MG: Yeah.  And you were in the forces until 1948, and did you have any access to leisure reading then?

JT: None.

MG: None?

JT:  No time at all.

MG: No time.  Where were you in the forces, Joan, where?

JT: Where? Bedfordshire.

MG: Right. So that really meant your reading stopped until 1948?

JT: Yes it did yes.

MG: And when you came out of the forces you were 24, and what did you do then?

JT: Mm, I went into an office.  I did try nursing but the men went mad, [typist’s note, I listened to this many times, but this is what it sounded like to me.  It may have been me mam went mad] so I went into an office.  I still went reading some things, you know.

MG: Yes.

JT:  But not quite as much, perhaps.

MG: No.  Where did you find your books when you were 24?

JT:  Well they would be library books, yes.

MG: Yes.  Yes.  Can you remember any book that you read and you thought, “Oo this is a really adult book, you know, I’m not reading children’s stuff anymore.  This is an adult book.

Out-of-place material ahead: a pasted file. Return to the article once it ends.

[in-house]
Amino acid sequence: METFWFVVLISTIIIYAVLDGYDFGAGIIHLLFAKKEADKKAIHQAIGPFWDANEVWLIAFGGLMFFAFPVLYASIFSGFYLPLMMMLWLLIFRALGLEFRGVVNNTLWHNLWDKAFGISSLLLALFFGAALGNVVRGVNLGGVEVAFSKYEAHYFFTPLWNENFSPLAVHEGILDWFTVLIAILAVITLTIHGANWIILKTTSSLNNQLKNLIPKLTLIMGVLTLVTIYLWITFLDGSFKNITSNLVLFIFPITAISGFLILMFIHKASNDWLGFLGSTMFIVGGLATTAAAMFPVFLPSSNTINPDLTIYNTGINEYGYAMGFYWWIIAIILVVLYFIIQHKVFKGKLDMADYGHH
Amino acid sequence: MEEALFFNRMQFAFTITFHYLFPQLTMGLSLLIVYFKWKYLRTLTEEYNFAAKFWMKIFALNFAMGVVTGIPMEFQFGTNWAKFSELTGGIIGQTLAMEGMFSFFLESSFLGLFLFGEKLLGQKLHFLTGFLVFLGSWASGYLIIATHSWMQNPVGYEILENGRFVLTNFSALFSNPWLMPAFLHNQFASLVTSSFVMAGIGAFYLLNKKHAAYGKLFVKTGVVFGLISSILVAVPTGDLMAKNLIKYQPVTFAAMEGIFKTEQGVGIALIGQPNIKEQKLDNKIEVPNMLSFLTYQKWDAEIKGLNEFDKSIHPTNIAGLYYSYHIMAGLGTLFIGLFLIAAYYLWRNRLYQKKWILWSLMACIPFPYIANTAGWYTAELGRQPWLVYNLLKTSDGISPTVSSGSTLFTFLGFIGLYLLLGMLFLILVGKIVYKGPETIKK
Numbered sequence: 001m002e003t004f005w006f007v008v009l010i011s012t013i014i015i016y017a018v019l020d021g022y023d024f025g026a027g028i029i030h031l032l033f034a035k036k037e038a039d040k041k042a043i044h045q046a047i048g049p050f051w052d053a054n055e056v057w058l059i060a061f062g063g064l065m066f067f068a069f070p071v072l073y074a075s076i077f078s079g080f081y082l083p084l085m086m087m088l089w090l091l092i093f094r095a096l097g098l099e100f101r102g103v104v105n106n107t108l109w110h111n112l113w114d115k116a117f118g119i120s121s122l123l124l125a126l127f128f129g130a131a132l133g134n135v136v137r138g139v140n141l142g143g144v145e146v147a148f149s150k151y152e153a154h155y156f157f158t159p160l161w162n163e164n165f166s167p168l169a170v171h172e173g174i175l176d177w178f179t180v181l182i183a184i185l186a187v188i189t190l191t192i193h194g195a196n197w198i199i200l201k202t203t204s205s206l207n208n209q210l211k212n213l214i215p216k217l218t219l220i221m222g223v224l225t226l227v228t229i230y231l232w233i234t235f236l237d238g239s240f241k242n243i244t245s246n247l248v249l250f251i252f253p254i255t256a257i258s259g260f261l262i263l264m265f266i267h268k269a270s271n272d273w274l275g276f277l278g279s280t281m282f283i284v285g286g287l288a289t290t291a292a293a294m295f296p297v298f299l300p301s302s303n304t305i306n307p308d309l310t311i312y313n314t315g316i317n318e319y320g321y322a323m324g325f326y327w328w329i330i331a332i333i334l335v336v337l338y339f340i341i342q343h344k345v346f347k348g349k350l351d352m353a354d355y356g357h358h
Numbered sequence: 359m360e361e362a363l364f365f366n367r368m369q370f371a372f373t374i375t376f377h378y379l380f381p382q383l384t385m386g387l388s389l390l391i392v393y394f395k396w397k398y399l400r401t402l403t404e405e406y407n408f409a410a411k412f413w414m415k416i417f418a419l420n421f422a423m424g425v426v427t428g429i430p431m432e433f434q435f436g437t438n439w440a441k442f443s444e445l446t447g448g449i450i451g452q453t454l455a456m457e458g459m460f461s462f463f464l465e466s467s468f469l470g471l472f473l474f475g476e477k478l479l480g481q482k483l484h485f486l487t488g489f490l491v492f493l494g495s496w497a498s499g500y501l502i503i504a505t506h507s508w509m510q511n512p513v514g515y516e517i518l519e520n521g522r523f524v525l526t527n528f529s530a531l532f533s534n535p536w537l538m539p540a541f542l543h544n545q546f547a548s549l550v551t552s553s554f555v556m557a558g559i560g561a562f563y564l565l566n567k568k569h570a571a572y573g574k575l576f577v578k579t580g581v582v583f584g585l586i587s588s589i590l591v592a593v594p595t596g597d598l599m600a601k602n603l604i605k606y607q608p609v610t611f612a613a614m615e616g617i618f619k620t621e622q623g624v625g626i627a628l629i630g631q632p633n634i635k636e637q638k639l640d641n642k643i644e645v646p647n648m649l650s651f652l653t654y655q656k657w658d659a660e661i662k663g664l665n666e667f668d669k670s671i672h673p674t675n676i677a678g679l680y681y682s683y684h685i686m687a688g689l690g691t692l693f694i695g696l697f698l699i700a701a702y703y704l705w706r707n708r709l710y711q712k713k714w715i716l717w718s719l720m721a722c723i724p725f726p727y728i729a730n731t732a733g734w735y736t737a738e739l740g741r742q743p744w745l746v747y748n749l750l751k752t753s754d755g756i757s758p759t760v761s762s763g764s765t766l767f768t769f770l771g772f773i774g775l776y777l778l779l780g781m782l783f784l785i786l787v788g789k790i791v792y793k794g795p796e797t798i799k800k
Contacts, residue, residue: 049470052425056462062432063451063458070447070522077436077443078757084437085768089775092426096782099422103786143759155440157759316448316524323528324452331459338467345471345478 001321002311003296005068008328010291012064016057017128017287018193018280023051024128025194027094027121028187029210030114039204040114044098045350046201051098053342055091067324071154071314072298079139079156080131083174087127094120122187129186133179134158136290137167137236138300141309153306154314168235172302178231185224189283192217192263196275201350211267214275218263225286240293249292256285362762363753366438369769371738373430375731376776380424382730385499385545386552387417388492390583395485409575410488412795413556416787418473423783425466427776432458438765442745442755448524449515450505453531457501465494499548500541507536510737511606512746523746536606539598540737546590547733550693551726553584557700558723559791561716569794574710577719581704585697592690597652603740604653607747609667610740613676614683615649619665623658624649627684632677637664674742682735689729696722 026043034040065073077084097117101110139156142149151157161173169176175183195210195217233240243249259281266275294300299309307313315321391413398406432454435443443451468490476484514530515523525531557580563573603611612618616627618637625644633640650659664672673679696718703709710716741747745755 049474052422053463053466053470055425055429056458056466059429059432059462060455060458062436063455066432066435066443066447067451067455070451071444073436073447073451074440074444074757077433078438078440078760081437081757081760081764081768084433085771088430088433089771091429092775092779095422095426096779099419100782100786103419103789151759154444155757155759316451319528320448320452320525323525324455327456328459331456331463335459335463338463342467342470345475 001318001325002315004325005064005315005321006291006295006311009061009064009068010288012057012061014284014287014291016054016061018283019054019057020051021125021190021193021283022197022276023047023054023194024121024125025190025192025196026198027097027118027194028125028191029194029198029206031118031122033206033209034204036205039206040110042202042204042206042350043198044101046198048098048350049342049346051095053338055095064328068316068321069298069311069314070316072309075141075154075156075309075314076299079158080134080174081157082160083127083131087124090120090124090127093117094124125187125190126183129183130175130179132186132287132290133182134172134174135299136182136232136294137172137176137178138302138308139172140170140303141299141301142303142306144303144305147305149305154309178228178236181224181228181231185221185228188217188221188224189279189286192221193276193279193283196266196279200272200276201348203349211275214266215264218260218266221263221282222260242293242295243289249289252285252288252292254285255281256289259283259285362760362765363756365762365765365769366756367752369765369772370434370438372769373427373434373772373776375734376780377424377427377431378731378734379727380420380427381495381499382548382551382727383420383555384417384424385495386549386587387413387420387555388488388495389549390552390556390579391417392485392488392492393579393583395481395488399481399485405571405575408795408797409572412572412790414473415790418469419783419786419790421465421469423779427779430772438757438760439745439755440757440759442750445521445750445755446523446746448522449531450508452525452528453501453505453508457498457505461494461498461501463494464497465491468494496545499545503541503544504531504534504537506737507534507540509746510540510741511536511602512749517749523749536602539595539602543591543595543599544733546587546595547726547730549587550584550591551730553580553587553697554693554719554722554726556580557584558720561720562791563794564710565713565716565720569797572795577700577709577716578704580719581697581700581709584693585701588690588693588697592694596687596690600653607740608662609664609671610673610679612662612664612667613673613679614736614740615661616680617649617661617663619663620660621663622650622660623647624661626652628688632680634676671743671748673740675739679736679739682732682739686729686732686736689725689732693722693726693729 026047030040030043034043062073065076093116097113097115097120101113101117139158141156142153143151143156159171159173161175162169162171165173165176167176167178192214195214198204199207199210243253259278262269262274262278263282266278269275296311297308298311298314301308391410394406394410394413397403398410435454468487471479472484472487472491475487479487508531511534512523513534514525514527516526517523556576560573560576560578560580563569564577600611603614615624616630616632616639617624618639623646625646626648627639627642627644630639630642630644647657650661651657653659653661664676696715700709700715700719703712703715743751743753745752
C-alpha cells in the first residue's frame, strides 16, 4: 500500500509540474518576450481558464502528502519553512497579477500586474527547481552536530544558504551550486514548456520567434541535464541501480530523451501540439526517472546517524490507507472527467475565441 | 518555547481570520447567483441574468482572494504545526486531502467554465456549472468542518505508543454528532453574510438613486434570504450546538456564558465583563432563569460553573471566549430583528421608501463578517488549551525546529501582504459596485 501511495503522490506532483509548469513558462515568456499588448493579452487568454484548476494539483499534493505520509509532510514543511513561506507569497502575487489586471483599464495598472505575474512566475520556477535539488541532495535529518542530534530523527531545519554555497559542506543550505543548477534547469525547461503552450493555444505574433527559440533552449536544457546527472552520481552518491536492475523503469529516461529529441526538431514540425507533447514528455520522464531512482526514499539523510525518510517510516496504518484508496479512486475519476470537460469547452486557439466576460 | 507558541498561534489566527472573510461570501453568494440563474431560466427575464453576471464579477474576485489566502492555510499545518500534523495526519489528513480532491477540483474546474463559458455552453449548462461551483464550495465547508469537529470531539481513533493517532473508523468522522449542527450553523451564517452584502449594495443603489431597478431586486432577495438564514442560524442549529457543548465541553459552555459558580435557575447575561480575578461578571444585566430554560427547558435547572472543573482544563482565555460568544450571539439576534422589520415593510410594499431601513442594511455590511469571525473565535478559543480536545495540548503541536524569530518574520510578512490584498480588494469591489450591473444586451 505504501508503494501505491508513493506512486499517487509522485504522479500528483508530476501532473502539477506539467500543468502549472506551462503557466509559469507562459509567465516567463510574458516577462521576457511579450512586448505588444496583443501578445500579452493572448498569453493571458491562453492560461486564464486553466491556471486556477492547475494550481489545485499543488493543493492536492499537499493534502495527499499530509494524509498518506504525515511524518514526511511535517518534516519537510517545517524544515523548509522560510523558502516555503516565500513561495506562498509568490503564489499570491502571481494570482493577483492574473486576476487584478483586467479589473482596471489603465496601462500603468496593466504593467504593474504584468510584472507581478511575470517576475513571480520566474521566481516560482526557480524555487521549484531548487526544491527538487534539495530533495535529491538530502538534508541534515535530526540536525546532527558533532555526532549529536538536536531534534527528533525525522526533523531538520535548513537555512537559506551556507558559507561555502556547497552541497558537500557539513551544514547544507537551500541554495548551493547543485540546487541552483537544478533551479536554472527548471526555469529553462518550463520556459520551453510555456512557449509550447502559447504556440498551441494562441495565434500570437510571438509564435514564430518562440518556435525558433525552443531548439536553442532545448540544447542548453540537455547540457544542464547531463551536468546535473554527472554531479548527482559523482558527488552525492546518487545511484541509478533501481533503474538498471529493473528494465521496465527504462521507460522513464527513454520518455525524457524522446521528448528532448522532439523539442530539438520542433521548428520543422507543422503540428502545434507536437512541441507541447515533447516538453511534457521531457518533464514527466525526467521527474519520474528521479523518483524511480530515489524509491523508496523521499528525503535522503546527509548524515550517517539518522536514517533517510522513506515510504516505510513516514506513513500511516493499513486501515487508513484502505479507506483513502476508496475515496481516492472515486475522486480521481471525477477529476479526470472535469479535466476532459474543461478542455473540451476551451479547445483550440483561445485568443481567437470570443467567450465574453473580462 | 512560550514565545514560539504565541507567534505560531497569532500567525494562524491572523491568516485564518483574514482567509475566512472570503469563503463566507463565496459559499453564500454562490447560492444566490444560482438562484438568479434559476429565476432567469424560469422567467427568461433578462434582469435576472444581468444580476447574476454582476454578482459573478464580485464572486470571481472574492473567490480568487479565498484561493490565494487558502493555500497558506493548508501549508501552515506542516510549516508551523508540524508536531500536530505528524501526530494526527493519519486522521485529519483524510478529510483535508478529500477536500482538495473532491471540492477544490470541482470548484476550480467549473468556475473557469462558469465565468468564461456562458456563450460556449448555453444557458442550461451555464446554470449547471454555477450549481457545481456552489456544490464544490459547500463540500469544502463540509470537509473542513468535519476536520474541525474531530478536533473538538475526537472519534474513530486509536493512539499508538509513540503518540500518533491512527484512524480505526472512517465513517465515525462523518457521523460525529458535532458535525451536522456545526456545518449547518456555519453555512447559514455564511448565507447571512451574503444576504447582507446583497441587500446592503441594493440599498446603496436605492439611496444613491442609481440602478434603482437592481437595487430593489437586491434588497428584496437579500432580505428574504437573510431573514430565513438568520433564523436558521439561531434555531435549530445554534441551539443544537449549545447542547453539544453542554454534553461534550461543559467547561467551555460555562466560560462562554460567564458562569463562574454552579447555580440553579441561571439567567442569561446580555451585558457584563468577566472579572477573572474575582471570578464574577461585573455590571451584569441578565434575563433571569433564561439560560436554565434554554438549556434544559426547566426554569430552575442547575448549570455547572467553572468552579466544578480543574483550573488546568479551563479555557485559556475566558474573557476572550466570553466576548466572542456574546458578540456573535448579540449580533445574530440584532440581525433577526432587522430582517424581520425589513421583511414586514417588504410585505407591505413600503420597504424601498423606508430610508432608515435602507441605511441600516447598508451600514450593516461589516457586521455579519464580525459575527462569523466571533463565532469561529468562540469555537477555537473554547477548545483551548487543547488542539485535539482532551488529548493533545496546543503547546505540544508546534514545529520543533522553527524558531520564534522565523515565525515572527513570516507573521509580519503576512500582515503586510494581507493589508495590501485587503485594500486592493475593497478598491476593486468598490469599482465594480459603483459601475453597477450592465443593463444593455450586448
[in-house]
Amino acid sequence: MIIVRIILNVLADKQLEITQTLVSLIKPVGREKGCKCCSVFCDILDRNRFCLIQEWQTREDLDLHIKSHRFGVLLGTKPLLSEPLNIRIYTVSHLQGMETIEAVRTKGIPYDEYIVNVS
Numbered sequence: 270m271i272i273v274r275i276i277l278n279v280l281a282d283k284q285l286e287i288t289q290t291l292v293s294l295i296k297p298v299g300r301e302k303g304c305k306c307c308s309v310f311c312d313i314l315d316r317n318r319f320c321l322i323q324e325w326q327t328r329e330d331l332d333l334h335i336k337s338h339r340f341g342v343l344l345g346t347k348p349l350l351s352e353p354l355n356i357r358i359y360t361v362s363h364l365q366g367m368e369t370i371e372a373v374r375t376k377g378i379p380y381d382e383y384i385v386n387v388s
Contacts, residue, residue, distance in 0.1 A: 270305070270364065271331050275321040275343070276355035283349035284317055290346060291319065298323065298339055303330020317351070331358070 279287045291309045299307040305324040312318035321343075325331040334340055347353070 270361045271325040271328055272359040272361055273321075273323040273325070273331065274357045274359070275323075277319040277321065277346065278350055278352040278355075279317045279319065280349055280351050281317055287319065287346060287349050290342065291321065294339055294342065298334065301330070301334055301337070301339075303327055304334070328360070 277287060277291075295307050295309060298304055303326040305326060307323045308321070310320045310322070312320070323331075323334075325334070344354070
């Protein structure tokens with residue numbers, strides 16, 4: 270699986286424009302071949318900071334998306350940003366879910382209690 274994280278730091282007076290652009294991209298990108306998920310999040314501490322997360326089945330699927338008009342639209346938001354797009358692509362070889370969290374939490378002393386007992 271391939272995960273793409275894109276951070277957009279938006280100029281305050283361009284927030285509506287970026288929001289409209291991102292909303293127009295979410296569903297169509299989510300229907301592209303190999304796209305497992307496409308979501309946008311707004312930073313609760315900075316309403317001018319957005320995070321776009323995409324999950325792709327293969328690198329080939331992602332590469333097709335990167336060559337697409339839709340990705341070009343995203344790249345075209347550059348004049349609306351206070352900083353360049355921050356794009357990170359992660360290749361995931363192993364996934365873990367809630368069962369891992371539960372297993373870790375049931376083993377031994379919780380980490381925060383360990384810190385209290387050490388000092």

JT:   I don’t really remember reading children’s books!

MG: Really?

JT:  Well, I don’t remember any.

MG: No.

JT: At all.

MG: No.

JT: Erm, I don’t know really, I can’t think oh, Yorkshire, what do they call her?

MG: Winifred Holtby?

JT:  Pardon?

MG:  Winifred Holtby, you didn’t read…..

JT: No, no.  Can’t remember.  Sorry.

MG: So when you got your parents’ books and your uncles’ books and some of your grandparents’ books,

JT:  I did read technical books in between these things.

MG: Oh did you?

JT:  You see, that took up time.

MG: Yes.

JT:  I think I’ve still got a book on aeronautical engineering.  I thought of going into that,

MG: Really.

JT:  but when I got there I decided it was a bit out of date by then!